Tag Archives: non verbal communication

It’s all in the face

Another component of body language as a form on non-verbal communication that impacts the working environment is that of kinesics relating to the face. Again if we consider the situational context of an employee interview (organisational recruitment) or even a performance management meeting between a manager and employee, one of the most common deception-related gestures are hand-to-face movements.

For example, Waltman & Golen (1993) maintain that during deception the hand is often used to cover the mouth and “the person talks through the fingers as if hiding or trying to keep words from escaping”. Similarly, scratching the neck is likely to suggest that one is uncertain, concerned or doubtful; rubbing the ear can indicate that the person feels they have heard enough and chin stroking can be a prelude to one making a decision (Fletcher. 2000). Hence, the importance of being aware of our own body language, and learning to read others non-verbal communication in many situations in the modern working environment is highlighted in these examples.

One of the most obvious forms of body language is that of facial expressions and is somewhat more universal than some of the other forms of body language. It is through the use of over 20 facial muscles that we encode in excess of 1000 distinct expressions that indicate our emotion and communicate a non-verbal message (Hargie, Dickson & Tourish. 2004, p. 49). Facial expressions are also said to be the most accurate predictors of attitudes and feelings (Graham et al (1991).
facial expressions
Facial expressions are arranged into six universally recognized basic categories including fear, happiness, sadness, disgust, anger and surprise (Ekman & Friesen, 1975; Izard, 1971). In comparison with differing meanings for eye contact as mentioned earlier, facial expressions can generally be identified in a similar manner across different backgrounds and also cultures (Ekman & Friesen, 1975; Izard, 1971; Izard, 1994).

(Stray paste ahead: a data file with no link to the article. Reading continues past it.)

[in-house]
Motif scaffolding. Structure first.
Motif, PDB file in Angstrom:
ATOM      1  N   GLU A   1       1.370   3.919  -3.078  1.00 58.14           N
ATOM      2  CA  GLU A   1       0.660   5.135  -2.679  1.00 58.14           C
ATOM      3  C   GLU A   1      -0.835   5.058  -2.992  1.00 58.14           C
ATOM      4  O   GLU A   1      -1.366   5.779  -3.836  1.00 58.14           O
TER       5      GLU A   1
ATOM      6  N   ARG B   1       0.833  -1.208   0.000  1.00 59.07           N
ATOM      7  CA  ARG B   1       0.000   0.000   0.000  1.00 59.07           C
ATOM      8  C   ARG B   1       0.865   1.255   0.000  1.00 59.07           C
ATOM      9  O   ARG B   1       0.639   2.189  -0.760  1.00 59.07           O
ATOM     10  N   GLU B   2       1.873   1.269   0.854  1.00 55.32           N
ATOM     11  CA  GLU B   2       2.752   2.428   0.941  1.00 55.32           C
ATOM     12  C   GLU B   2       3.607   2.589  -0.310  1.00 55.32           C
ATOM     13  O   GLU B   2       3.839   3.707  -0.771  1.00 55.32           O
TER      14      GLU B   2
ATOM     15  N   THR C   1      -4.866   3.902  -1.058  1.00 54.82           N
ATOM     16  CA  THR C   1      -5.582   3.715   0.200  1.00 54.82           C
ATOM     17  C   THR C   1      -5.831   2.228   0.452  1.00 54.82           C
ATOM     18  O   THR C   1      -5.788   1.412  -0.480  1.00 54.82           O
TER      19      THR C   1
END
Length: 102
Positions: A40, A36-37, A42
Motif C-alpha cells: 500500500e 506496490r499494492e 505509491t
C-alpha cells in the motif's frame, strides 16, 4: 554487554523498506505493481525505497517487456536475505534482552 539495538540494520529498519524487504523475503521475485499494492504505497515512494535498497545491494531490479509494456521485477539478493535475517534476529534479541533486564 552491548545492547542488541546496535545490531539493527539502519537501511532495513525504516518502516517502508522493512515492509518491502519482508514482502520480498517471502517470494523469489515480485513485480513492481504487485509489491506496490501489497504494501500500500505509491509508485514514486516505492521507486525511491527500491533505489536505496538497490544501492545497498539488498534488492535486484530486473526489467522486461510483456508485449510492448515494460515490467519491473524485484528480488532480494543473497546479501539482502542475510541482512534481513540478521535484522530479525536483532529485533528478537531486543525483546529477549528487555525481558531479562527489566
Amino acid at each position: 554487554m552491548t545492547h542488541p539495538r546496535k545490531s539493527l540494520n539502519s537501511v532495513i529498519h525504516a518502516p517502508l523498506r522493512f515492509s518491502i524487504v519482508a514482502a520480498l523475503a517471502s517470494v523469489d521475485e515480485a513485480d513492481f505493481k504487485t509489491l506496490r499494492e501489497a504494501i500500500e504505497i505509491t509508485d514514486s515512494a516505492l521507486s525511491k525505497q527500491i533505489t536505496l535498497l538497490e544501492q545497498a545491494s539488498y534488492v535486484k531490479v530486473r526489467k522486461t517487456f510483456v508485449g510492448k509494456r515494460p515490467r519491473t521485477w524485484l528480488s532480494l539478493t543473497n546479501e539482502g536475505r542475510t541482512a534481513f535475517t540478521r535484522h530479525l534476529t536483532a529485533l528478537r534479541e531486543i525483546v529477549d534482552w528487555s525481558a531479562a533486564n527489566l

Despite this, there are still some cultural implications to be considered. For example, Japanese articulate that negative emotions should not be shown, thus the smile is used as a ‘mask’ for negative emotion including embarrassment or reserve (Ramsey, 1994). This may be relevant to know in the instance of delivering performance feedback to an employee for example. Hence although the facial expressions can be predominantly read across cultures; the way in which they are used to non-verbally communicate in the working environment varies.

Interesting stuff when you consider how we analyse non-verbal communication in scenarios such as job interviews, performance management meetings and negotiations. It also shows what a powerful too it can be, and that you need to be aware of your own non-verbal cues.


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Your eyes really are the window to your soul

One of the most commonly recognised forms of non-verbal communication is body language and eye contact can be one of the most powerful forms. For instance during a normal conversation we, on average, look at each other about one-third of the time, however if one makes contact less than this it can convey boredom, lack of interest and make the other person feel uncomfortable. In contrast, if you make eye contact more often, you increase the ability to engage the other person and illustrate interest and/or enthusiasm (Fletcher (2000). If you consider this in an environment such as a workplace interview, it’s crucial to use eye contact to convey interest for the position and the organisation while creating the best impression.
However, most nonverbal communication is decoded in the limbic system in our brain which is beyond our conscious control (Thorne (2005). An example of this in relation to body language and eye contact is the iris because when something is of interest to us the iris dilates. In this way, when you consider a Human Resources context such as a negotiation between employers and unions, a sharp negotiator may be able to read if you are still willing to make concessions or not (Barnum & Wolniansky. 1989). Pretty amazing, hey?

It’s also useful to consider that there is cultural disparity in the way in which body language is used and interpreted. For example, maintaining eye contact when you are being asked a question in considered polite in some cultures, whilst rude in others. This was made clearly apparent when Barbara Walters interviewed Colonel Muamar el-Qaddafi in Libya (Barnum & Wolniansky. 1989). After the interview she commented that he looked all over the room, gazing past her and refusing to look her in the eye. She explained that in America, refusing to look someone in the eye conveys a somewhat ‘shifty’ or untrustworthy quality in a person.

However, in an Arab context this non-verbal communication through the use of body language was actually a compliment as it is a way of paying respect. Looking a woman in the eye straight on, would be perceived on a similar level to physical assault in some parts of the world where women still wear a veil to avoid eye contact with men (Barnum & Wolniansky. 1989). This example highlights how the cultural framework that one uses to view non-verbal communication through, can impact the way the message is interpreted and received.

This was something I hadn’t really thought much about before, but found to be quite interesting.

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